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To export or not to export? That is the question

Decidir exportar Salvador Devant. pet 300x267

Muchas de las cuestiones que aún se plantean las empresas españolas es si están en condiciones de exportar y en como deben hacerlo.

Do I think my company is in a position to accept the challenges presented by exporting? How can I find out? What risks will I run when exporting? What risks does not exporting involve? Where do I start? Which countries? Why export if there’s so much of the domestic market still virgin?

Whether or not you have asked yourself these questions at one time or another, I’ll try and shed a little light on the issue. Obviously, I am coming from the opinion that not only can any firm open up overseas market, but that that, if they have not yet done so, the sooner the better.

The fact is that those companies that were exporting before the crisis hit us are those that have best weathered the storm. The reasons are obvious; sales are diversified over several markets and countries. The swings in one are offset by the roundabouts in others.

Any company that adventures abroad must compete in a very professional market; one in which you must convey your values and principles to your clients. This encourages, even obliges, the companies to improve processes, productivity, quality, competencies, etc. and, thus to strengthen the whole organisation by acquiring what one could call an export culture. By the same token, companies become aware of what is really going on in the market, they’ll be abreast of new developments, the latest in technological innovation. This will afford them a far more realistic awareness of the place the company and its products in the market and, specifically, how they measure up to the competition and the where they stand with their customers.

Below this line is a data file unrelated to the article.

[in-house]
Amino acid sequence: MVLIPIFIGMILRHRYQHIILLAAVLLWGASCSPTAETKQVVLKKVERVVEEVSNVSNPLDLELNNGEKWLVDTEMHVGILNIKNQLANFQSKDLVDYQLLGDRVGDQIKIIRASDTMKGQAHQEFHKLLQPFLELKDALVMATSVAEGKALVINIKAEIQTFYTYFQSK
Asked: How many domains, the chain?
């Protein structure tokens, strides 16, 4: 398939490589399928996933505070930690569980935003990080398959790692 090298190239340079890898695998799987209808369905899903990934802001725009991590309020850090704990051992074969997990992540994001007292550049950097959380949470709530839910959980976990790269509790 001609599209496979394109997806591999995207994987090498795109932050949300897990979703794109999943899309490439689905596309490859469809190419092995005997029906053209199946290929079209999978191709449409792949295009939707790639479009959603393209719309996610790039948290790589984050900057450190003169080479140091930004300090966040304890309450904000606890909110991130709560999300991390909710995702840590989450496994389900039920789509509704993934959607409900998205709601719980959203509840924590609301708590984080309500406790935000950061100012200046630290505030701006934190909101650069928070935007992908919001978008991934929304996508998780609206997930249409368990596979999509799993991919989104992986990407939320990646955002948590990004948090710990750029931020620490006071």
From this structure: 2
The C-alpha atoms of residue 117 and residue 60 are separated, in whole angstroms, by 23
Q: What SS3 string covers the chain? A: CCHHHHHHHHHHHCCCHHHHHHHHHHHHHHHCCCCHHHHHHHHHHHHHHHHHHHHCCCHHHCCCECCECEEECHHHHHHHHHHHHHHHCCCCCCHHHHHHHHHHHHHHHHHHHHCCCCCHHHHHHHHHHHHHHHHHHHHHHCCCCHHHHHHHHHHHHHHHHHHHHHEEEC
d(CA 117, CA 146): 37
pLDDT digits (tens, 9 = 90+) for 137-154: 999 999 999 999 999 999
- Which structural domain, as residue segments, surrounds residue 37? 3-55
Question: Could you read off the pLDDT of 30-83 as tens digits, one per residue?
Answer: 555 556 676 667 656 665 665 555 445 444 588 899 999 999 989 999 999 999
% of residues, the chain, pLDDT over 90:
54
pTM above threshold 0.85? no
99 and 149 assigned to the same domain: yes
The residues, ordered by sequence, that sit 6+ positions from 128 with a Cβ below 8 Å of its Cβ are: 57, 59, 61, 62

Very often when asked why they are not exporting, companies will answer along the lines of: “we still haven’t covered the whole domestic market, why should we complicate our lives by exporting?” I respect this opinion but cannot share it. Nowadays, customers are not a uniform mass of persons all living in the same place. They have gravitated into larger or smaller clusters of consumers or users which have united around a set of common specifications which are spread all over the planet. Unless you understand this phenomenon, you will be seriously limiting the development of you firm. The time has come to stop classifying your markets geographically to one that is centred around: who are my clients and where are they?

Is exporting complicated) My answer would be….. Are you having difficulty running your company with sales based solely on the domestic market? Is it responsible to run this risk? Obviously, exporting presents a challenge, but so is competing in the limited domestic market that pens you in and one which will never reach previous heights. Once “the crisis is over” things are not going to be the same again. Many seem to believe that, as the market recovers, their problems will be over, what they don’t realise is that the market they knew is a thing of the past and isn’t making a comeback.

It’s hard to charge and evolve, but even harder is running the risk of having to close.

See you soon and may your sales be strong!

Salvador Devant
Consultant in sales and marketing strategies.